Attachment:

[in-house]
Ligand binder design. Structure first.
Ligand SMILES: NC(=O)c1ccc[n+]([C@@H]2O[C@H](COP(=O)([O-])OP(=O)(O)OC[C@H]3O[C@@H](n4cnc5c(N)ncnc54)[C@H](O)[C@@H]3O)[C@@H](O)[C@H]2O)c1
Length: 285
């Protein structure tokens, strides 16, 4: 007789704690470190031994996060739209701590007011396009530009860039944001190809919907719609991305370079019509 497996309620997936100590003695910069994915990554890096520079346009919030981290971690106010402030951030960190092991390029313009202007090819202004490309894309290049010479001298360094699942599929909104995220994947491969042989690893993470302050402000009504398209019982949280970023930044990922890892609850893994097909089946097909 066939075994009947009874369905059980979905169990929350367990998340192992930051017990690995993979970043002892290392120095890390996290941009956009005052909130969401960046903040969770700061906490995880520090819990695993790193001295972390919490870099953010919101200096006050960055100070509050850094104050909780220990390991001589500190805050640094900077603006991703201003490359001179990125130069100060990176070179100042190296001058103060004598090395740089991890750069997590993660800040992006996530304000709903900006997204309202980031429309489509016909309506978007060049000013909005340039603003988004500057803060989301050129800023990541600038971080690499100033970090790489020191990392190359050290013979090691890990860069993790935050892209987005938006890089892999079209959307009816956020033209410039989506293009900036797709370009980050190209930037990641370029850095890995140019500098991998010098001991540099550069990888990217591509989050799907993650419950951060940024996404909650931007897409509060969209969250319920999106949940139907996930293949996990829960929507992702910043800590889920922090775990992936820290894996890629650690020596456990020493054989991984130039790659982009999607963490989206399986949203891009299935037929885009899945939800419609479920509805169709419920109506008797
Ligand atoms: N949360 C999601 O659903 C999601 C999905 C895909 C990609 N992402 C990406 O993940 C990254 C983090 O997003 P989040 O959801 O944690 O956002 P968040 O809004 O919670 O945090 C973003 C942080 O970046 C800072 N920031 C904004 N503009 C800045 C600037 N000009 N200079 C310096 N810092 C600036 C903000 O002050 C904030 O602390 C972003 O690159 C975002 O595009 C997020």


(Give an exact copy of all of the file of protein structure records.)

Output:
[in-house]
Ligand binder design. Structure first.
Ligand SMILES: NC(=O)c1ccc[n+]([C@@H]2O[C@H](COP(=O)([O-])OP(=O)(O)OC[C@H]3O[C@@H](n4cnc5c(N)ncnc54)[C@H](O)[C@@H]3O)[C@@H](O)[C@H]2O)c1
Length: 285
């Protein structure tokens, strides 16, 4: 007789704690470190031994996060739209701590007011396009530009860039944001190809919907719609991305370079019509 497996309620997936100590003695910069994915990554890096520079346009919030981290971690106010402030951030960190092991390029313009202007090819202004490309894309290049010479001298360094699942599929909104995220994947491969042989690893993470302050402000009504398209019982949280970023930044990922890892609850893994097909089946097909 066939075994009947009874369905059980979905169990929350367990998340192992930051017990690995993979970043002892290392120095890390996290941009956009005052909130969401960046903040969770700061906490995880520090819990695993790193001295972390919490870099953010919101200096006050960055100070509050850094104050909780220990390991001589500190805050640094900077603006991703201003490359001179990125130069100060990176070179100042190296001058103060004598090395740089991890750069997590993660800040992006996530304000709903900006997204309202980031429309489509016909309506978007060049000013909005340039603003988004500057803060989301050129800023990541600038971080690499100033970090790489020191990392190359050290013979090691890990860069993790935050892209987005938006890089892999079209959307009816956020033209410039989506293009900036797709370009980050190209930037990641370029850095890995140019500098991998010098001991540099550069990888990217591509989050799907993650419950951060940024996404909650931007897409509060969209969250319920999106949940139907996930293949996990829960929507992702910043800590889920922090775990992936820290894996890629650690020596456990020493054989991984130039790659982009999607963490989206399986949203891009299935037929885009899945939800419609479920509805169709419920109506008797
Ligand atoms: N949360 C999601 O659903 C999601 C999905 C895909 C990609 N992402 C990406 O993940 C990254 C983090 O997003 P989040 O959801 O944690 O956002 P968040 O809004 O919670 O945090 C973003 C942080 O970046 C800072 N920031 C904004 N503009 C800045 C600037 N000009 N200079 C310096 N810092 C600036 C903000 O002050 C904030 O602390 C972003 O690159 C975002 O595009 C997020």